Today, Center for Progressive Reform Member Scholar Robert Verchick published an op-ed in New Orleans' Times-Picayune entitled, "Gov. Jindal, don't sign away our legal claims against BP."
The piece notes:
Governor Jindal will probably sign SB469, a bill designed to neutralize the Southeast Louisiana Flood Protection Authority – East's lawsuit against oil and gas companies. But does our governor realize that, if he signs this bill, he may also be killing scores of claims that his own his own state and associated local governments have brought against BP for the Macondo oil spill?
For, whatever the governor or state lawmakers may believe, that is precisely what SB469 might do.
SB469 clearly lists not only who can bring claims in Louisiana's coastal zone, but what kind of claims they can bring. Notably missing from its list are claims for economic losses and claims for natural resource damages under the Oil Pollution Act of 1990 (OPA) – the very basis for pending claims against BP.
But the state, as well as several parishes, have already brought economic claims under OPA...So have coastal cities...And fire districts...And airports...And school districts...And SLFPAE itself, which presented a claim against BP for more than $79 million, mostly to recover tax revenues it lost because of the oil spill.
These OPA claims are not frivolous or opportunistic. Indeed, Governor Jindal has said for months that one of the reasons he opposed the SLFPAE lawsuit is that he thought it threatened state and local governments’ OPA claims against BP. communities that are bringing these claims were hit hard by the Macondo oil spill. They're trying to recover just some of what they lost.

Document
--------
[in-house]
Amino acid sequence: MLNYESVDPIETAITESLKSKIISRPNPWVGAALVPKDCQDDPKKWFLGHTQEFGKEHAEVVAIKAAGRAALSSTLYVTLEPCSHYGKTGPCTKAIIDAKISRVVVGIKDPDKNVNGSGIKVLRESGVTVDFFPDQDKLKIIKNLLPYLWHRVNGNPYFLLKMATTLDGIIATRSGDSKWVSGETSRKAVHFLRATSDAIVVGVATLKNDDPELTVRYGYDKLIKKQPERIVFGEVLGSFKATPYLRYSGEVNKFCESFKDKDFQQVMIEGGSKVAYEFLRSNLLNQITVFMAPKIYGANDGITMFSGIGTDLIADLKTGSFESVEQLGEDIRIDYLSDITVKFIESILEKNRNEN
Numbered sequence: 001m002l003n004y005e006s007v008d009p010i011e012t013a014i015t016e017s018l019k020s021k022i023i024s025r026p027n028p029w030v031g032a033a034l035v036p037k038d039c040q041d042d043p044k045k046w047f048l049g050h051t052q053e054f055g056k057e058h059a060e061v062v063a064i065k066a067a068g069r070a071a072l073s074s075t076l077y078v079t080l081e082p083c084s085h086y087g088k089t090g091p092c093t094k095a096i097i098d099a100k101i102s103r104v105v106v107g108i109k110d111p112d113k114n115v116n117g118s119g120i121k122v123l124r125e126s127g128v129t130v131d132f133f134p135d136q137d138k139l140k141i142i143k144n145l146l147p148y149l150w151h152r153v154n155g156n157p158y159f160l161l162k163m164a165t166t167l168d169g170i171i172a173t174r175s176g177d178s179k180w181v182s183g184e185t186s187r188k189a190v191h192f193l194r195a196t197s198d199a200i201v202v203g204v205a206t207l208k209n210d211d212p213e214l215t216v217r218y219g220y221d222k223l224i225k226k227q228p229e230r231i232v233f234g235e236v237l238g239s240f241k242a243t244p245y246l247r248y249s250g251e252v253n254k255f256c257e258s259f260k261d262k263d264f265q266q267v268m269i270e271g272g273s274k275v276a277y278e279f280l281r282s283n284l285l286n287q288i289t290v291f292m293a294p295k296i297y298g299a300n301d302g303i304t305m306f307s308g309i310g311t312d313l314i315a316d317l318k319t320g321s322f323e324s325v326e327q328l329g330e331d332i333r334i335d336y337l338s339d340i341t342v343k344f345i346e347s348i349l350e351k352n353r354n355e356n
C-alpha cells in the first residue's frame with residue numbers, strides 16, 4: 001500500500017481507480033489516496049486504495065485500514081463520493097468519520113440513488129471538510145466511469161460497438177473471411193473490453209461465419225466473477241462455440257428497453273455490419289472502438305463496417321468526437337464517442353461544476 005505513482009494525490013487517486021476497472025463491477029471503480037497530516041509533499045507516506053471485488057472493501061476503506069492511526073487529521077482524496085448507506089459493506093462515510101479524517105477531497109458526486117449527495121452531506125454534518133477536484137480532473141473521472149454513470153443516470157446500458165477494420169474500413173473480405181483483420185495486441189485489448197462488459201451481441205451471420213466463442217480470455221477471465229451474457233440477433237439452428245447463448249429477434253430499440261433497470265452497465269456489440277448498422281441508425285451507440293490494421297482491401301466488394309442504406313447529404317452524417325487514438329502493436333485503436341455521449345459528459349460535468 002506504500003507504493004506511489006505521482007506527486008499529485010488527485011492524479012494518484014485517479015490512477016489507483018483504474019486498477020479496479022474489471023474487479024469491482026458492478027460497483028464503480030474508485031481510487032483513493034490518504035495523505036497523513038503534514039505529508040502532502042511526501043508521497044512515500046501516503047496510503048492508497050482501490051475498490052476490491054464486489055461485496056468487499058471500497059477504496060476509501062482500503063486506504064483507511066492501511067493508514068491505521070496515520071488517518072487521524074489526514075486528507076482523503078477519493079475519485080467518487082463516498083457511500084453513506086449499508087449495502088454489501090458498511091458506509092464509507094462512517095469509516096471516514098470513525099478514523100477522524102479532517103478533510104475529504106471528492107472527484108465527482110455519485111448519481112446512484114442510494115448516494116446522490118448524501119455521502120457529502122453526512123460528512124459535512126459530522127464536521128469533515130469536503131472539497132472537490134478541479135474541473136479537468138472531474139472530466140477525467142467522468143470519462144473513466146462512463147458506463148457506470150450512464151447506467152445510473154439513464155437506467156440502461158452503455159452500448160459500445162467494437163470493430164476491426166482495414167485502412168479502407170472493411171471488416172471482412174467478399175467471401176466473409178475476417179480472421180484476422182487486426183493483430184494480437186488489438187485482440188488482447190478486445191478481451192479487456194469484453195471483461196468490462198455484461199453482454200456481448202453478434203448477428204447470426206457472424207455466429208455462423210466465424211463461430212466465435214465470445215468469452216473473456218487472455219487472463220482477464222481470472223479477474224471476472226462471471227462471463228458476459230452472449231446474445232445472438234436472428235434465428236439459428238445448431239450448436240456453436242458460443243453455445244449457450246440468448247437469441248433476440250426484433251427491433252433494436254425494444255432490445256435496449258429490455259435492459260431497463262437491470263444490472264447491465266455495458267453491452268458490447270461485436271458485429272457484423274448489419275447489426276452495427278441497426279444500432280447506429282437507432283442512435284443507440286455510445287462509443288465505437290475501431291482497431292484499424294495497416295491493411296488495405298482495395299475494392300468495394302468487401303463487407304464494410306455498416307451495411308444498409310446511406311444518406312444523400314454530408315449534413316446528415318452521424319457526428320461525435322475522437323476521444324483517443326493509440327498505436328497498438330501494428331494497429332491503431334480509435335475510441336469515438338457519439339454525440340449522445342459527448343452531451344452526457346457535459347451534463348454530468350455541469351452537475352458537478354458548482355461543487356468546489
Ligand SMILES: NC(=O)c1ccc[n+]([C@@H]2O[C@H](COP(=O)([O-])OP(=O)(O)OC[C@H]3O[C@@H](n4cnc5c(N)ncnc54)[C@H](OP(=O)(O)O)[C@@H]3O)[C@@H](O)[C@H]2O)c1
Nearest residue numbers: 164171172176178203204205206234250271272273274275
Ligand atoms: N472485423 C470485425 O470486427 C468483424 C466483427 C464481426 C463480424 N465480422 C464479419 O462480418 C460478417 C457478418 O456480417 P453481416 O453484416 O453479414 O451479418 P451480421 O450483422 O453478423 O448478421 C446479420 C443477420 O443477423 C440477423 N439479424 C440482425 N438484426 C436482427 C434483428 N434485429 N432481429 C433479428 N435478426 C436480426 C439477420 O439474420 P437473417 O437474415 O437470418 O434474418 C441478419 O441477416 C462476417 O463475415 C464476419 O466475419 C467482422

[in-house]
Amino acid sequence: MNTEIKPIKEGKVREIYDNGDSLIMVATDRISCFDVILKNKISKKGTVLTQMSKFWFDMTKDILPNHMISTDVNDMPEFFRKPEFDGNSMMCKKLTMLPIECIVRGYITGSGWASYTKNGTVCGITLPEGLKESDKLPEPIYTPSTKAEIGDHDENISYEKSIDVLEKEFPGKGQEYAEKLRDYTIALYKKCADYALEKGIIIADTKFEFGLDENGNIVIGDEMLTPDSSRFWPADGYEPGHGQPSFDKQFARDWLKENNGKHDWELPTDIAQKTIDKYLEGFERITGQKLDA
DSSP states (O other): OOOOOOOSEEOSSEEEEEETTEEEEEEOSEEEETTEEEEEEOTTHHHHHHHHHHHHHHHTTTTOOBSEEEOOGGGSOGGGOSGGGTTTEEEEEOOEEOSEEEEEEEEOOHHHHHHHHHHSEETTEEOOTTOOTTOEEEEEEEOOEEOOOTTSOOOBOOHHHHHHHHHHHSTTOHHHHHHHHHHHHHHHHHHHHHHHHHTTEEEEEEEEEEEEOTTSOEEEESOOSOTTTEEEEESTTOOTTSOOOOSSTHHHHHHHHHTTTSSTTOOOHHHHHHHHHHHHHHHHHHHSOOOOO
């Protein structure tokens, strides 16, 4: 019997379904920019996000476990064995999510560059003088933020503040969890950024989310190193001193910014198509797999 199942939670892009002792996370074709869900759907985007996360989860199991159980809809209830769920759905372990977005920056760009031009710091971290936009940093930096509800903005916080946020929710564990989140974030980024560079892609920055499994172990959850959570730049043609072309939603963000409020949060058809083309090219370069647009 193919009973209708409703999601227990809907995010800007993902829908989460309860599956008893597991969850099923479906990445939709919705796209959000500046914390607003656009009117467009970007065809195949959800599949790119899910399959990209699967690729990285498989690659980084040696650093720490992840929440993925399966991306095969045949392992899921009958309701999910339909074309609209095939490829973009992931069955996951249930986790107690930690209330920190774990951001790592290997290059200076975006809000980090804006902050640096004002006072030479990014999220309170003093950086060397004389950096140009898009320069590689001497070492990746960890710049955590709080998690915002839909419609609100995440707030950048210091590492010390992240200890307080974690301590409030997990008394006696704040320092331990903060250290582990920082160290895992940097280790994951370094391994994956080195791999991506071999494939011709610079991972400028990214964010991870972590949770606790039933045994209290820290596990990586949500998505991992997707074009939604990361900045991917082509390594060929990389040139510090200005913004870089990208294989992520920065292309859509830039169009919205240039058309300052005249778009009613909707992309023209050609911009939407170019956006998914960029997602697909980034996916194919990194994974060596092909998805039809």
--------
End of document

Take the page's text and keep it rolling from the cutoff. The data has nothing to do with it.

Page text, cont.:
For example, in its OPA suit against BP, Jefferson Parish has alleged that it suffered:
2.Damage to the quality of life of its citizens
3.Loss of sales tax revenues, use tax revenues, Parish tax revenues, inventory tax revenues, hotel and motel tax revenues, reverence tax revenues, royalties, rents and fees
4.Increased costs of providing services to the citizens of the Parish of Jefferson
5.Damage to the natural resources of the Parish of Jefferson
6.Increased costs for the monitoring of the health of its citizens and the treatment of physical and emotional problems related to the oil spill
7.Costs for educating and retraining employees
8.Increased promotional costs
9.Increased costs to borrow money
10.Increased costs for debt service
11.Loss of fees for permits and licenses
12.Loss of fines and forfeitures income
13.Increased administrative costs
14.Damages to the reputation and image of claimants in the business and tourism communities
Because SB469 works retroactively, it could undo all of these claims. Did Governor Jindal know that, when he pushed SB469 in the legislature?
To read the entire piece click here.
Professor Verchick also drafted a memo with fellow CPR Member Scholars and law professors Christine Klein and William Andreen on the consequences of SB469's passage and they urge the Louisiana legislature to vote against the bill.
To read the memo click here.
June 3 update, Jindal Blinks: According to a June 3 story in the Baton Rouge Advocate, Governor Jindal backed off of plans to sign the bill at a news conference called for the purpose:
Jindal had planned to sign SB469 at a news conference Monday afternoon, but he left the bill untouched after Attorney General Buddy Caldwell asked for time to look into a claim it could be used by lawyers for BP to scuttle suits brought for economic damages during the 2010 oil spill. That claim, put forward by law professors, first arose over the weekend.
“We’re not signing the bill today,” Jindal said Monday. “The attorney general asked for some additional time to look at it, and out of an abundance of caution, we’ll give the attorney general time to do that,” he said.